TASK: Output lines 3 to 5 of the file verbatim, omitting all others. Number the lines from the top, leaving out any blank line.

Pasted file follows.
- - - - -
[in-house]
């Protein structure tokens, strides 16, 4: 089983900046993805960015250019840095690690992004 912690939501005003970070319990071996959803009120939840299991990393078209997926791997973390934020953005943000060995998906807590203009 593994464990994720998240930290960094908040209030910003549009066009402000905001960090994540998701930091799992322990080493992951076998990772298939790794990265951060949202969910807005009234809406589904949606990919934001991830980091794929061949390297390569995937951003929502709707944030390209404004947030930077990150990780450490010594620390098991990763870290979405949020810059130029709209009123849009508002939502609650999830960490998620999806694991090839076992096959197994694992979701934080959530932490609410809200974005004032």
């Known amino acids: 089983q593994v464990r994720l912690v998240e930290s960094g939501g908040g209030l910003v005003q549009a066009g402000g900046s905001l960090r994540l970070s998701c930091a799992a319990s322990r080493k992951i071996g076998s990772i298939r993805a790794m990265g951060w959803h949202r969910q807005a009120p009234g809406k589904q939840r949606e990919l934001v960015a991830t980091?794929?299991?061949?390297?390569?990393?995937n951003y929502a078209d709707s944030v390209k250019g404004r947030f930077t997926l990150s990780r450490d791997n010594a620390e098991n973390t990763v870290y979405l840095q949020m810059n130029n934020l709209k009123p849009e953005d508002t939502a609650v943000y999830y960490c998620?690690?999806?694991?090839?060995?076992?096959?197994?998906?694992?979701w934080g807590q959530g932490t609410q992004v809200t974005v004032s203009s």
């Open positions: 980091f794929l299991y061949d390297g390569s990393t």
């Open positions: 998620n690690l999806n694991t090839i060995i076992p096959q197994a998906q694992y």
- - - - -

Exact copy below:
């Known amino acids: 089983q593994v464990r994720l912690v998240e930290s960094g939501g908040g209030l910003v005003q549009a066009g402000g900046s905001l960090r994540l970070s998701c930091a799992a319990s322990r080493k992951i071996g076998s990772i298939r993805a790794m990265g951060w959803h949202r969910q807005a009120p009234g809406k589904q939840r949606e990919l934001v960015a991830t980091?794929?299991?061949?390297?390569?990393?995937n951003y929502a078209d709707s944030v390209k250019g404004r947030f930077t997926l990150s990780r450490d791997n010594a620390e098991n973390t990763v870290y979405l840095q949020m810059n130029n934020l709209k009123p849009e953005d508002t939502a609650v943000y999830y960490c998620?690690?999806?694991?090839?060995?076992?096959?197994?998906?694992?979701w934080g807590q959530g932490t609410q992004v809200t974005v004032s203009s």
């Open positions: 980091f794929l299991y061949d390297g390569s990393t």
């Open positions: 998620n690690l999806n694991t090839i060995i076992p096959q197994a998906q694992y």